Capsules ripen early summer to late autumn (FNA 2007).
The species displays much variation. Capsule orientation, costa length, leaf tip shape, and habit may vary within the same population (Lawton 1971).
Subspecies purpureus: Greenland; Canada: AB, BC, MB, NB, NL, NS, NT, NU, ON, PE, QC, SK, YT; USA: AK, AL, AR, AZ, CA, CO, CT, DC, DE, FL, GA, IA, ID, IL, IN, KS, KY, LA, MA, MD, ME, MI, MN, MO, MS, MT, NC, ND, NE, NH, NJ, NM, NV, NY, OH, OK, OR, PA, RI, SC, SD, TN, TX, UT, VA, VT, WA, WI, WV, WY; Mexico; Eurasia; Pacific Islands (FNA 2007). In Montana, known from Broadwater, Carbon, Carter, Cascade, Custer, Deer Lodge, Fallon, Flathead, Glacier, Gallatin, Granite, Glacier, Judith Basin, Lake, Lewis and Clark, Lincoln, Madison, Mineral, Missoula, Mussel Shell, Park, Powell, Ravalli, Rosebud, Sanders, Sweet Grass, and Valley Counties (Elliott 2016).
Subspecies conicus: Canada: BC; USA: ID, MN, OR, WA; Eurasia; n Africa; Atlantic Islands (FNA 2007).
Subspecies stenocarpus: AZ, CA, NM, TX; Mexico; West Indies; Central America; n South America; Eurasia; Africa (FNA 2007).
Observations in Montana Natural Heritage Program Database
Number of Observations:
(Click on the following maps and charts to see full sized version)
Map Help and Descriptions
(Observations spanning multiple months or years are excluded from time charts)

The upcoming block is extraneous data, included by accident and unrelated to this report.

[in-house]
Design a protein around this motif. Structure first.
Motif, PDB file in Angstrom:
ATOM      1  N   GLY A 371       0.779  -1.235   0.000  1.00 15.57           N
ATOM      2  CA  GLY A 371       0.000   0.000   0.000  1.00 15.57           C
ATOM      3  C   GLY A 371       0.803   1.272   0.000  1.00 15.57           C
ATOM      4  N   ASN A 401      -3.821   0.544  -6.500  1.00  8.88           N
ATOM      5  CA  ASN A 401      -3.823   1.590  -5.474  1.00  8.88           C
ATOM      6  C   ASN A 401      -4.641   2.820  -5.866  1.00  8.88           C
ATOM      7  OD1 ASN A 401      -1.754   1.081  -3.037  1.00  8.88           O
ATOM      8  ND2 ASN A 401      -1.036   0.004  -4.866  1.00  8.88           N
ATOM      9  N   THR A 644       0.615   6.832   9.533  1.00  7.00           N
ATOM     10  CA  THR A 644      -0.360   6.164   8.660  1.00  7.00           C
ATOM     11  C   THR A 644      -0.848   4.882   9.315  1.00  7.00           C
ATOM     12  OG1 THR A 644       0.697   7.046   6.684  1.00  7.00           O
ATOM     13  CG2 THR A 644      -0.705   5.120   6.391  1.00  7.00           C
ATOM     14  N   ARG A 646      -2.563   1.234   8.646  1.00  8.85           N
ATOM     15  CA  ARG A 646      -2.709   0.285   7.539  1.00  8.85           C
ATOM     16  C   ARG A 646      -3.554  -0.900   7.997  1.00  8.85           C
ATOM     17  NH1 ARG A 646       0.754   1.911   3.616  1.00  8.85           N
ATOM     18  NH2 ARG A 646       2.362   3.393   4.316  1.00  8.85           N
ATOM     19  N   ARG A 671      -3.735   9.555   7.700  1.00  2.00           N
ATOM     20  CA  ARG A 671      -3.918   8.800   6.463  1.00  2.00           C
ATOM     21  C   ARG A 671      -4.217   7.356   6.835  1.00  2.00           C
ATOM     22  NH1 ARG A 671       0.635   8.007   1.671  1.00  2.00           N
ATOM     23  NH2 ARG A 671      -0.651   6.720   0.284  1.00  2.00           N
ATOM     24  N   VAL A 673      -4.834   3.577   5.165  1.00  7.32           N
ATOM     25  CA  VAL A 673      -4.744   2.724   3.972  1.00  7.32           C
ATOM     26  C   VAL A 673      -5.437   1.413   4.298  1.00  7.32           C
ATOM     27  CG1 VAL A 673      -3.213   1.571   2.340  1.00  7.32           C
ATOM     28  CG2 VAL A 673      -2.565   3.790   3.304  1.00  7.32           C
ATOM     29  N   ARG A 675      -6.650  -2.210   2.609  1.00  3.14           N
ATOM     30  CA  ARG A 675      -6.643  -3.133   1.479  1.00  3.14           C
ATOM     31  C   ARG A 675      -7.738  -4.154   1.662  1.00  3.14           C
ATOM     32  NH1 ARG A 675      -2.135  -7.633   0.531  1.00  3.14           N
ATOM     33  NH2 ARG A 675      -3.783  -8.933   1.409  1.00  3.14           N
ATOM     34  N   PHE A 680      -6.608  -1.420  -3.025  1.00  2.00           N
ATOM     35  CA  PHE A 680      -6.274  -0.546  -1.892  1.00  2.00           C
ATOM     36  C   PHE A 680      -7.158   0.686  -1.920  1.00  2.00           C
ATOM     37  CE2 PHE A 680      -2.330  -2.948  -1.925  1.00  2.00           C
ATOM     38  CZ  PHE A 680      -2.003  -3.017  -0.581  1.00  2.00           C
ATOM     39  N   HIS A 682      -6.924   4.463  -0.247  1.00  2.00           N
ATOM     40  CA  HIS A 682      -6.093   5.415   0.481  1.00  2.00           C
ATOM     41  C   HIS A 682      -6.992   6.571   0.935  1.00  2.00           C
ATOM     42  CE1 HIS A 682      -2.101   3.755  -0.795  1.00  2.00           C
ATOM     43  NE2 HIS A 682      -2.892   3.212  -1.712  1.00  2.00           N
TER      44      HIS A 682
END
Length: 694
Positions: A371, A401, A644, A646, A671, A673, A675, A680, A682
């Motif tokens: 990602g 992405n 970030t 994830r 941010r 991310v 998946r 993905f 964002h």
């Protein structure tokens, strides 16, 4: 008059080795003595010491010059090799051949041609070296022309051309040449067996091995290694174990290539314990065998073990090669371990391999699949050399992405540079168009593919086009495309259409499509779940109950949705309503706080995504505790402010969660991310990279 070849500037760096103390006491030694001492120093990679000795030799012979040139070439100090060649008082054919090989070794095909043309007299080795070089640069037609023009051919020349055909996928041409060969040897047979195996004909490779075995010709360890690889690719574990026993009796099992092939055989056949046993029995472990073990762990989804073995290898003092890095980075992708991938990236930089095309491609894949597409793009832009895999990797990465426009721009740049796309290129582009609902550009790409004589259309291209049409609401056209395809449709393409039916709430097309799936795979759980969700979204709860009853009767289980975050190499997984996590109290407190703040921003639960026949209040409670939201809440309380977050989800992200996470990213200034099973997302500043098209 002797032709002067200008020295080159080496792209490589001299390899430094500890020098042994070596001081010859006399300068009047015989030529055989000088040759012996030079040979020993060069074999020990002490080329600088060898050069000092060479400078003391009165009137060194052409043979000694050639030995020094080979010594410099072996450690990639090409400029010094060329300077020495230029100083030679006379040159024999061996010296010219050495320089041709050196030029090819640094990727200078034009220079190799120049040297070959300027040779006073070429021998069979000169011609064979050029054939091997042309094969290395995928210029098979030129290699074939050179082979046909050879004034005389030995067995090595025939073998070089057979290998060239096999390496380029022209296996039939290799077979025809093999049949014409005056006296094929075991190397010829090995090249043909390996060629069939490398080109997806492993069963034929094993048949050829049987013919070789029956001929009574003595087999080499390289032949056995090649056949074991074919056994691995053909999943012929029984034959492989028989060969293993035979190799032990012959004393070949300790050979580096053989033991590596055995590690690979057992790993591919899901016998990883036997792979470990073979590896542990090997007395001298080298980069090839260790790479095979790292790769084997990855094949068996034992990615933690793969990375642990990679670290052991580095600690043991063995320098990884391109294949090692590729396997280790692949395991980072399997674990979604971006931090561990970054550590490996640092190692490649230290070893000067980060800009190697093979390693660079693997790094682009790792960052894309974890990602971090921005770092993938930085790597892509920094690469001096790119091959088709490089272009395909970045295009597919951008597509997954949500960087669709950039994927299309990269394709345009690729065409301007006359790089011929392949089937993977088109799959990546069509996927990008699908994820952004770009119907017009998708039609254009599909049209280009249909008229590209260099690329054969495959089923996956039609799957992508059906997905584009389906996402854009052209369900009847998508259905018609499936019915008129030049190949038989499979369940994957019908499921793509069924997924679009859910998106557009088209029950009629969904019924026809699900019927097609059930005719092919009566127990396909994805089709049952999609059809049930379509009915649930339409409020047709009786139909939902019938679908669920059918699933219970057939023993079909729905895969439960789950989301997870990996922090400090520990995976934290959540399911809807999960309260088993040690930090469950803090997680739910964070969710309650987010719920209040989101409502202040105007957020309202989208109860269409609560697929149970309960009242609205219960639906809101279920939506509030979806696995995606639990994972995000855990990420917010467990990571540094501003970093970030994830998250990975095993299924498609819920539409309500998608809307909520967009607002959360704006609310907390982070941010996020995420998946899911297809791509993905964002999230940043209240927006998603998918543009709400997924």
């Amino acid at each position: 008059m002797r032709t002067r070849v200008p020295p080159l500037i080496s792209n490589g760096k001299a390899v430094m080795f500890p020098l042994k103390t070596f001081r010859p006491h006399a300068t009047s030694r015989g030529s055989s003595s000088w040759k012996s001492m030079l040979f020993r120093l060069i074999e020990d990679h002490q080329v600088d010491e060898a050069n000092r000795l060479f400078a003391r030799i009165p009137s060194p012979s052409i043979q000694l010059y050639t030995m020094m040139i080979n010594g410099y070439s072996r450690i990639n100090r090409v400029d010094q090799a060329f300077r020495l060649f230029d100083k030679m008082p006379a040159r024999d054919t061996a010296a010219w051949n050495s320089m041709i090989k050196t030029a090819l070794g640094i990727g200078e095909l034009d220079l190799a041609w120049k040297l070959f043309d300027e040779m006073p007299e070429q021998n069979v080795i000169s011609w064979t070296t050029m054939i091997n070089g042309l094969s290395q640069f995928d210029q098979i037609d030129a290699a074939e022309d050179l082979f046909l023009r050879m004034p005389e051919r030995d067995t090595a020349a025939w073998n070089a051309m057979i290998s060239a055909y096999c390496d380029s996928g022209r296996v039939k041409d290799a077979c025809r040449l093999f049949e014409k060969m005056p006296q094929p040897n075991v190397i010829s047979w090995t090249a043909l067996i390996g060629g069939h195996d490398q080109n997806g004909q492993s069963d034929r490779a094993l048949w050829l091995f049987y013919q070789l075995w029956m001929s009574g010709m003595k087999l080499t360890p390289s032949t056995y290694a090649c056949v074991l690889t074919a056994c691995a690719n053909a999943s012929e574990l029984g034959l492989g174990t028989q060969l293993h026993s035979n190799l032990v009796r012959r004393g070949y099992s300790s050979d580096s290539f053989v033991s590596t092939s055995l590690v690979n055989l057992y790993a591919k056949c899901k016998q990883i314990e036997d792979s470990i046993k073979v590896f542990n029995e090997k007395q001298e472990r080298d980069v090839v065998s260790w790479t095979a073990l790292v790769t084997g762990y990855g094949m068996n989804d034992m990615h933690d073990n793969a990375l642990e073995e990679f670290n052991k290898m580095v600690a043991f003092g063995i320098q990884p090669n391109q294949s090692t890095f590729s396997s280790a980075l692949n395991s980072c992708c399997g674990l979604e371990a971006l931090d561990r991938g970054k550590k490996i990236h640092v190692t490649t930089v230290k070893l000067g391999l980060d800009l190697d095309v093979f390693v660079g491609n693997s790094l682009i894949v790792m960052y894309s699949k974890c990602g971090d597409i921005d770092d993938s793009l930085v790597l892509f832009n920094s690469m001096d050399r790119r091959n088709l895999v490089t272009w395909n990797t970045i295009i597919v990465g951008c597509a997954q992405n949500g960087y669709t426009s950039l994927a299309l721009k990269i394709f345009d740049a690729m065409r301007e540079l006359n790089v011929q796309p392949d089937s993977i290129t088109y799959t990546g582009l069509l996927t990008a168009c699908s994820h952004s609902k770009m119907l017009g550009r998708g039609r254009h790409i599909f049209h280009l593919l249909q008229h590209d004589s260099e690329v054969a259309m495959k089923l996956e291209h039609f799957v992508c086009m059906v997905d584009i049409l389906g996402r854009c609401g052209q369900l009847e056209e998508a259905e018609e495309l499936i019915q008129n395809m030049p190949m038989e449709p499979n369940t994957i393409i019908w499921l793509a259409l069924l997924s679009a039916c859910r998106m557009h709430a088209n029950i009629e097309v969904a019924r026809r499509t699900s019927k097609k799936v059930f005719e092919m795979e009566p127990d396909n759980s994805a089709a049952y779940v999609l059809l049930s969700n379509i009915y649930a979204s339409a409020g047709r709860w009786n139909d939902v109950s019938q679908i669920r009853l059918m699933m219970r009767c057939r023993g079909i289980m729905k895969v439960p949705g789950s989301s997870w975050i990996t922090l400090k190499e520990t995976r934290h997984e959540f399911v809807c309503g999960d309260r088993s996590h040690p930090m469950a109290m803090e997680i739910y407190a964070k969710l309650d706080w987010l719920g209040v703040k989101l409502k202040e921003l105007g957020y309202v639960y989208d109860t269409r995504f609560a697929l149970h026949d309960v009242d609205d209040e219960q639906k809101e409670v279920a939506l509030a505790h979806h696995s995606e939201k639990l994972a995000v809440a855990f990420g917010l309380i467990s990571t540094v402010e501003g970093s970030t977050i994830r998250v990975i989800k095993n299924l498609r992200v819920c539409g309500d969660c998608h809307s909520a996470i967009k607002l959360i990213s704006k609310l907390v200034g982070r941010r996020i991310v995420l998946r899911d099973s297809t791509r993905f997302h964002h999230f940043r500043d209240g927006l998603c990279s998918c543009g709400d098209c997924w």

In urban settings, this native species occurs in weedy areas, such as on top of roofs, in pavement fractures, and damaged land. In natural systems, it grows in disturbed places in montane and northern forests, and prefers sandy soils in exposed areas (Vitt 1988).
Subspecies purpureus: Soil, often on disturbed sites (Elliott 2016) and following fire, stony outcrops, tree bottoms, decaying wood. Elevation: Low to high (FNA 2007).
Subspecies conica: Soils plentiful in calcium in dry habitats. Elevation: Moderate (980-2600 feet) (FNA 2007).
Subspecies stenocarpus: Soil, soil following fire, tree bottoms. Elevation: Low to high (FNA 2007).
Subspecies conica is prevalent in the semi-arid steppes of BC and c WA. In these dry regions, it is part of the biological crust community, along with low-growing Didymodon ssp. and Bryum spp. (FNA 2007).